SOUNDS LIKE MUSIC ITV (1990) With Bobby Crush: More Name That Tune-lite with a memory-scorching jingle.

TALKABOUT ITV (1990-93) Pick of the bunch, this one. Andrew O'Connor invited two teams of two to "talk" "about" a given subject, trying to mention all of the ten words listed on futuristic CGI graphic display, obviously out of their sight. OK, so it's Taboo in reverse, but it was entertaining all the same. O'Connor bounded between the two teams (positioned as far apart as space would allow) with an energy that was refreshing to see at that time of day. Had a soundproof booth. Ended up running perpetually on UK Living.

THE TRAVEL QUIZ BBC (1993) Unillustrious but highly-polished idiot's parade notable for the "adult" debut of one-time C4 pornographer-in-chief Andi Peters (well, swearwords at 1pm on a Sunday? Cuh!), here dressed nattily in braces and a shirt. Nothing to report except fluffs-a-plenty from our rabbit-in-headlights host, eg question revolves around montage of clips of Barcelona, backed with "Barcelona" by Mercury & Cabelle, he says "Aww, they faded it out before it goes 'Barr-cel-oonnaa'! And your question is, which city were these pictures of...ohh noooo!" Not good. Around the same time as now infamous "My God! Some TV screens are hot!" incident, bless 'im.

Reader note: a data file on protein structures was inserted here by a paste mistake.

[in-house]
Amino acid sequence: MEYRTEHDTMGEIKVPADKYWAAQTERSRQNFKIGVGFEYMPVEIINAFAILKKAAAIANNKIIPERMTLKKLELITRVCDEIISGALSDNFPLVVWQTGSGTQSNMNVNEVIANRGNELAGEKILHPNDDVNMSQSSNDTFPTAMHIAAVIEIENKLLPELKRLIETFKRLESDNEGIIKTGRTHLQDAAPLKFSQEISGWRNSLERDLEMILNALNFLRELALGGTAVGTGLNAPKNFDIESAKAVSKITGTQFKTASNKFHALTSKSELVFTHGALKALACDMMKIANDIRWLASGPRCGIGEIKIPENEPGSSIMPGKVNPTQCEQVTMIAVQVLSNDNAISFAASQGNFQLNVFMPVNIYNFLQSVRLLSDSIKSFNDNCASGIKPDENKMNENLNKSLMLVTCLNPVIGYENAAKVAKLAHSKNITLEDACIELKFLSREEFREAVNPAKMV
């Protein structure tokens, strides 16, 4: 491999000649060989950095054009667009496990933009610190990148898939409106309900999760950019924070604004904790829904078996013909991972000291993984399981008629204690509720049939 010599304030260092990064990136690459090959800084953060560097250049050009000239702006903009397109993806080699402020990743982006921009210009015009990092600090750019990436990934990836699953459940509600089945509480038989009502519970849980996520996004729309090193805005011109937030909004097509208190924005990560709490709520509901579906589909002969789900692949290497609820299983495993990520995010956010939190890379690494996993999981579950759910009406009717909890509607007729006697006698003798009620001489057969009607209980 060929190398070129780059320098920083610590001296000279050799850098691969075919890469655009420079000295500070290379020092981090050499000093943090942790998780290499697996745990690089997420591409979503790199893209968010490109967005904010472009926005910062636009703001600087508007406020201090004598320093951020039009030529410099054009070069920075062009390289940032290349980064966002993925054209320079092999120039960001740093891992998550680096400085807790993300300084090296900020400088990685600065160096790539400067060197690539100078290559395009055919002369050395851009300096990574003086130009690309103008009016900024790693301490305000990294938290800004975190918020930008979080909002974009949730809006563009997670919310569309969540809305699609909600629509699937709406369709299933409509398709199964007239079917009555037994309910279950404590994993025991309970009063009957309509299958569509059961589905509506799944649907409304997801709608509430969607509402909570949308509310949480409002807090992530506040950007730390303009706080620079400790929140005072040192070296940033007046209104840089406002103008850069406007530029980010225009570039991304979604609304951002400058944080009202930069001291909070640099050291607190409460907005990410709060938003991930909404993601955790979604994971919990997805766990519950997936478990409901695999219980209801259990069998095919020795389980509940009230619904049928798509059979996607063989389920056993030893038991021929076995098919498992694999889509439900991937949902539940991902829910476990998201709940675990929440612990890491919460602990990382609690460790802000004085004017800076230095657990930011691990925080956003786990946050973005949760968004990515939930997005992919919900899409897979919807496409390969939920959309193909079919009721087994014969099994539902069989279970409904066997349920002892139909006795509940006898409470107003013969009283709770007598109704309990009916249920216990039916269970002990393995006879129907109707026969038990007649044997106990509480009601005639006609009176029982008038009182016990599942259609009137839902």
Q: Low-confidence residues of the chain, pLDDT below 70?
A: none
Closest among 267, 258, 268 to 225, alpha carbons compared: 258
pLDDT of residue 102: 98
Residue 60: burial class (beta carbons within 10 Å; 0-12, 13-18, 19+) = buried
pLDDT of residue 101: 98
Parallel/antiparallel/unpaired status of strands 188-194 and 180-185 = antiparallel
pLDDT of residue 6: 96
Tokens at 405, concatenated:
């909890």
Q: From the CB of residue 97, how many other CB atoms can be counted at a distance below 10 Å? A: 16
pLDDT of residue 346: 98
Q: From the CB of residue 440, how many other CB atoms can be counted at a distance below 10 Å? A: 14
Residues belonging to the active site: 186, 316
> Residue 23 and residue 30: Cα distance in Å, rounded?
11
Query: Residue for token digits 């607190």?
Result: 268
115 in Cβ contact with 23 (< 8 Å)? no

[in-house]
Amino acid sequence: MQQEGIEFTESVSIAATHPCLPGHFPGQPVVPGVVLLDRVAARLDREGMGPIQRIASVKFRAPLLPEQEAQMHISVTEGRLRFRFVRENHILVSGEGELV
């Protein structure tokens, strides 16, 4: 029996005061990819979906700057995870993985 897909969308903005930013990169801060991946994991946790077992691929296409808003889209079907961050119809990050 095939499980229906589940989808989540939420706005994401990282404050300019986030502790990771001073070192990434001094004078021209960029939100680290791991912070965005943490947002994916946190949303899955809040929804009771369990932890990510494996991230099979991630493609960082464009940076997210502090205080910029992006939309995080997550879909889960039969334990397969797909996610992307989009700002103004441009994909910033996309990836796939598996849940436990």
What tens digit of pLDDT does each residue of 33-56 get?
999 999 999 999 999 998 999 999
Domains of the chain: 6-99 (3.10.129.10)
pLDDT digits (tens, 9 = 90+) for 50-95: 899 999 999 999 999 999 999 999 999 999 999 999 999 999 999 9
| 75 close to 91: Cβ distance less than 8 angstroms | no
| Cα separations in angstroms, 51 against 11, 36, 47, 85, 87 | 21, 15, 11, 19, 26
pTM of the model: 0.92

TURNABOUT BBC (1991) Devised by CLIVE DOIG! How could you go wrong? Easily. Presented by local newsreader made good ROB CURLING, and involving a sort of wet, three-way, 3D Othello thing (the rules matter not, except that the computerised counters were "turned about" (get it?) after a word with missing letters question was solved). Theme sounded like mid-'80s Radiophonic Workshop doing Herbie Hancock, and the title sequence usefully showed you all the words that could be made out of the show's title. Surprisingly resilient - may still be on somewhere. Oh yeah, and the studio floor was made of water. Yes, you read that right.